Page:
Chenille Manufacture

Chenille weave is usually made from Chenille yarn, which is a fancy yarn resembling a furry caterpillar. The Chenille yarn was first made from either silk or wool but is not more commonly made from cotton or viscose. This yarn was first made in the 17th Century in France and is recognised by its long pile.

Chenille weave creates a fabric with a pile. It is typically woven using Chenille yarns as the weft yarns and another fibre for the warp yarns. Usually plain weave is used to make a Chenille fabric but many others can also be used such as twill weave, and when Chenille fabric was first introduced it was quite often woven in an open weave, gauzy manner using a Leno weave.

Today Chenille fabric tends to be woven in a tight weave. The use of another fibre for the warm gives the fabric a better drape and stops it from being too bulky. Silk is a common warp yarn in Chenille fabrics because it is easy to work with, as well as the Chenille. It also makes a good contrast to the textured Chenille yarn as it is very smooth and flowing.

Like most forms of weaving Chenille fabric is woven on a loom, and can be done either by hand or by machine. Although it is usual for it to be made via machine nowadays, hand weaving is still a hobby for many people.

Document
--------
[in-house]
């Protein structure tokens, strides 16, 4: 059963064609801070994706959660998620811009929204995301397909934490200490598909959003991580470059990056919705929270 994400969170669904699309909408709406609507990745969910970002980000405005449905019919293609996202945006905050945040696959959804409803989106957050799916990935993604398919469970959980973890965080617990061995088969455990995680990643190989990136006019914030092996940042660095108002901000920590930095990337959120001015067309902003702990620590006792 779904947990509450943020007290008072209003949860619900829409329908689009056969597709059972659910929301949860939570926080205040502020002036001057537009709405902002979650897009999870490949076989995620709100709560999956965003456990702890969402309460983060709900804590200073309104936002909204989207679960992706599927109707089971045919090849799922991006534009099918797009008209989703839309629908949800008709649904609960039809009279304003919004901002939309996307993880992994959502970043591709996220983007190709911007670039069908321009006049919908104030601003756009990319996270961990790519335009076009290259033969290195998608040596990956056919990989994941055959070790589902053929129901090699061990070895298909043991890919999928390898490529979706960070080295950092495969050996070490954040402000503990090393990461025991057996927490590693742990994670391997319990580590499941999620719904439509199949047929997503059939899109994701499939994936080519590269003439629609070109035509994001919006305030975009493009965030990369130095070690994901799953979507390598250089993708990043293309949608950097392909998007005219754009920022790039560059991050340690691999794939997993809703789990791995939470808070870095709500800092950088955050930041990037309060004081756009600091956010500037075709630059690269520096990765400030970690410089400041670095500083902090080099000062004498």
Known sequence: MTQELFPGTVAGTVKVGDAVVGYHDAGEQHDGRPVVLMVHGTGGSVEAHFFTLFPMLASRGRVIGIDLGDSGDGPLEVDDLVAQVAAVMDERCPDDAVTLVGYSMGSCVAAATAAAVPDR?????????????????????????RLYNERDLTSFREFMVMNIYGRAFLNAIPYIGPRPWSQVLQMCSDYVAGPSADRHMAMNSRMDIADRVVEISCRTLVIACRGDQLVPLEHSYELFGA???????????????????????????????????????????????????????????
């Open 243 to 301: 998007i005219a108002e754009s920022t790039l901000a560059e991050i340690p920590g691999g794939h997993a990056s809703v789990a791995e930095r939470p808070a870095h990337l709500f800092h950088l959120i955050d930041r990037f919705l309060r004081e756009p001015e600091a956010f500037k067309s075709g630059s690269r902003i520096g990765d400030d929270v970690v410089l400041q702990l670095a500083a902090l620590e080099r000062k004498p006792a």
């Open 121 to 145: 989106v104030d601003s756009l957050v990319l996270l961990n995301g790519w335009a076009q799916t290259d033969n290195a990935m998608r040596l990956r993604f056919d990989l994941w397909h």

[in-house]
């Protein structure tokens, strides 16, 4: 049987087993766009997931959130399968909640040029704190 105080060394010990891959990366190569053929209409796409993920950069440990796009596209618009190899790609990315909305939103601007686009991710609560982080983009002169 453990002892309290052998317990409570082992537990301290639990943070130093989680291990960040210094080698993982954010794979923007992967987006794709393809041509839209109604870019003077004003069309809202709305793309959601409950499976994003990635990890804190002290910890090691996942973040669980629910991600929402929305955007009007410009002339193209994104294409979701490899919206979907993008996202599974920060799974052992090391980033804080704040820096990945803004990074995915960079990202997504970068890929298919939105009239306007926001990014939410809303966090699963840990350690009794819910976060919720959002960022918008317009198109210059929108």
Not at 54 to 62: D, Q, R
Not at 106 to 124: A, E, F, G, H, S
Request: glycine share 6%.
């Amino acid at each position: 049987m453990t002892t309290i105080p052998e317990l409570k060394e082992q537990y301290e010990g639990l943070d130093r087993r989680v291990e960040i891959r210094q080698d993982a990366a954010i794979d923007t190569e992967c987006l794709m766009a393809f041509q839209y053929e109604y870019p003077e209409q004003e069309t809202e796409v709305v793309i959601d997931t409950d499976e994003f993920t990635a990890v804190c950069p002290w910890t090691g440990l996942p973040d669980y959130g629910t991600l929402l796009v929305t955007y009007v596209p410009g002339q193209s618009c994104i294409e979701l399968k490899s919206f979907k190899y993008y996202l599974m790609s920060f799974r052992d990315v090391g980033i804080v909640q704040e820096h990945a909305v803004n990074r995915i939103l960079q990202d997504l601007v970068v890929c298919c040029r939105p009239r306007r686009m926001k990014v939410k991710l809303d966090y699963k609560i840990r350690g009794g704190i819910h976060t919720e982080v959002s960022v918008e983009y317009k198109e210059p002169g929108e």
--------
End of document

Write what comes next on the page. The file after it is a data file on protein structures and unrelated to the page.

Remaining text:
Properties of Chenille Fabrics

  • Fluffy
  • Warm to wear
  • Comfortable
  • Velvety Pile
  • Lightweight
  • Good Drape
  • Can be pressed to give a flat appearance
  • Frays easily
  • Versatile
  • Flexible
  • Different warp yarns can be used to create fabrics with different characteristics

End Uses of Chenille Fabrics

  • Dresses
  • Sweaters
  • Outerwear
  • Trims
  • Cuffs
  • Collars
  • Scarves

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Written by Kelly Mitchell

Kelly Mitchell, extremely competent and reliable, she is currently in her third year at the University of Lincoln UK, studying Fashion. Kelly is responsible for the Fabrics, Fibers and Leathers sections of our Dictionary

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